Talking anything new will create anxiety. It is in our nature to be cautious when exploring new things, this is part of our evolutionary make-up from a time when throwing caution to the wind often resulted in being eaten by a lion. Mild forms of anxiety are easy to address by taking action. However, greater forms of anxiety may require more effort and outside help.
Another challenge is the natural desire to procrastinate. We all procrastinate and the best way to overcome procrastination is through action. By just starting you will find that procrastination will fall away as you begin to get into the flow.
The most important skill to develop is “grit”. Grit is the consistent and persistent working toward your goals. Even in the face of discouragement it is vital that you keep moving forward. Everything worthwhile will have setbacks and bad days. Being able to overcome these and continue to make progress will spell the difference between failure to launch and achieving your desires.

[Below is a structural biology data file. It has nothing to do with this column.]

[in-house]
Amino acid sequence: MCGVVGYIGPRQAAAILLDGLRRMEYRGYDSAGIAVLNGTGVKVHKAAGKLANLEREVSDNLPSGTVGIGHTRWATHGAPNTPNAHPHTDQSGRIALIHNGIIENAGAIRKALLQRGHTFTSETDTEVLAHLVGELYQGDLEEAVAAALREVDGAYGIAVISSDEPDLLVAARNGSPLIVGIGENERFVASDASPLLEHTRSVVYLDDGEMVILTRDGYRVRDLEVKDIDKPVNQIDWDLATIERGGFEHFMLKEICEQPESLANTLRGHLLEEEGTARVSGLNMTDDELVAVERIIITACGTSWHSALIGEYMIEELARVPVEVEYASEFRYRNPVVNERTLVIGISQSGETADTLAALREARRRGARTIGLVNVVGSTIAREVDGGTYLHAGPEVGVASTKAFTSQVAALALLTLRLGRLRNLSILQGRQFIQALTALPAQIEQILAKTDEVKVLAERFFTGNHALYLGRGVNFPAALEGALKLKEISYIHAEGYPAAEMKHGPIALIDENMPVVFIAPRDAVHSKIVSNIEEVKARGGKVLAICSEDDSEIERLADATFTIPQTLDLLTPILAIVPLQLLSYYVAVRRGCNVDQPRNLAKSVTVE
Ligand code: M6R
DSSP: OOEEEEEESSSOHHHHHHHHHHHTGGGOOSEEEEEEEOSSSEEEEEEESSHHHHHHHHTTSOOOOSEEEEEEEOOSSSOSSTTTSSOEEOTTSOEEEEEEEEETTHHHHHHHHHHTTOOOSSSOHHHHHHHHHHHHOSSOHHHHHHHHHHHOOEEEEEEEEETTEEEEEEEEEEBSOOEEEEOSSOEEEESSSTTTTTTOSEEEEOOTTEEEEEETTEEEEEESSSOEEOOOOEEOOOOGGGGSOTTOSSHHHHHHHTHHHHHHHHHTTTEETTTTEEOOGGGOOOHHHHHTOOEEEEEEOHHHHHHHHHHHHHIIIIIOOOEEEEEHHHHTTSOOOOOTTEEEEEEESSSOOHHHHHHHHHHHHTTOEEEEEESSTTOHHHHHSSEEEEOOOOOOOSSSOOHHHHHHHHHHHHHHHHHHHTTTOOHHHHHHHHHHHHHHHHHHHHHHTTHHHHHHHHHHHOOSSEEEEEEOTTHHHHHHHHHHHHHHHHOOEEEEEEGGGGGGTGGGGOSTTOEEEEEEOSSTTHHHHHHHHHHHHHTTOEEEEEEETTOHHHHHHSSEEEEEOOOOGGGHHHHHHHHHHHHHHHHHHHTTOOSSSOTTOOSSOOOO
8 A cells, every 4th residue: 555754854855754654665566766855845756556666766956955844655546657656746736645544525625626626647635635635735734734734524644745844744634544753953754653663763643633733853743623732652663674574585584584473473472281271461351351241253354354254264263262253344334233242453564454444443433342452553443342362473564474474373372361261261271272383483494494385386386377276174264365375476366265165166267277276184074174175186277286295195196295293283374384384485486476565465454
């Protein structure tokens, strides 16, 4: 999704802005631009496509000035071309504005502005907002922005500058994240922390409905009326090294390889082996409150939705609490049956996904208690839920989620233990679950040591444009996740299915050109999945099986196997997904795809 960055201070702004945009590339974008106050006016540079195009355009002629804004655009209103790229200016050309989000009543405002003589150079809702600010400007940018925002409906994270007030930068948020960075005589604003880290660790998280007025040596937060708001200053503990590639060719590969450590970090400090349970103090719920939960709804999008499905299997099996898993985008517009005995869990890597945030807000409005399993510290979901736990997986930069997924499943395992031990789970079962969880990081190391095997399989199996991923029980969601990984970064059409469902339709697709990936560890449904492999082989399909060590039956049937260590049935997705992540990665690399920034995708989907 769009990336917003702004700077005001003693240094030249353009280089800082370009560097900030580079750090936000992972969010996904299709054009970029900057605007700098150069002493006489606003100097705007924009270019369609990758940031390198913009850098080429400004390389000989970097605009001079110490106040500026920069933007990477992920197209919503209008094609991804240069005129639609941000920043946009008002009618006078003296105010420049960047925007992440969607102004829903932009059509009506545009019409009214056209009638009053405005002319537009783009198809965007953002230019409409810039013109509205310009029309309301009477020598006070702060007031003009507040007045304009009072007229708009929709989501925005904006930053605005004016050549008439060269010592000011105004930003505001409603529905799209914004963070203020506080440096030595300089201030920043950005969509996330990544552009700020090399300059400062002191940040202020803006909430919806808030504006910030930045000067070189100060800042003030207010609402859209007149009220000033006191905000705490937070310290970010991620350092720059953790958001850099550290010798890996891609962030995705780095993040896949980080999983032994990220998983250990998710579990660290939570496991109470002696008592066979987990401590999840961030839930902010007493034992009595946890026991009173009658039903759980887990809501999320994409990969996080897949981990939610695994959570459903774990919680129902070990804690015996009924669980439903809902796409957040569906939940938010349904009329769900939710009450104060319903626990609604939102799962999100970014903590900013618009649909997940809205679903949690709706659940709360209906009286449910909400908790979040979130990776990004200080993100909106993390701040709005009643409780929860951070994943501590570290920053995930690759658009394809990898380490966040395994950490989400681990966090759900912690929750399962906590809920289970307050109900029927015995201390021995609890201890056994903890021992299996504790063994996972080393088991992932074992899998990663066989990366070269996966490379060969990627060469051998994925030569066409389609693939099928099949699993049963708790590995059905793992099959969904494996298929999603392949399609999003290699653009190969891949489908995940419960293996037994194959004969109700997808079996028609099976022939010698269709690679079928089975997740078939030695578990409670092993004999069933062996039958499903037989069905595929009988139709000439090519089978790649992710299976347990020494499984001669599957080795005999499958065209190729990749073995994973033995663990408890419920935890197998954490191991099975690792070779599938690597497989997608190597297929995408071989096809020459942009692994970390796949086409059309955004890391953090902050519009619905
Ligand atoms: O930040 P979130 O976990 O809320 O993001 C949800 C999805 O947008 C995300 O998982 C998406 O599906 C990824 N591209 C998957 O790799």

Don’t be afraid of confrontation. Confrontation is very uncomfortable and I recognize this, however, many things we seek do require us to take the risk of confrontation. Now there is very few things in the modern world that stand between us and our goals that we should be afraid of. So, step into your fear and face it head on.
Set Incremental Goals
The best way to start moving in the direction of your dreams and objectives is to set small goals. Look at it as beginning a weight lifting regimen. Before you can lift heavy weights you have to start with lighter weights. The same goes for setting and achieving goals and developing your “grit” muscles.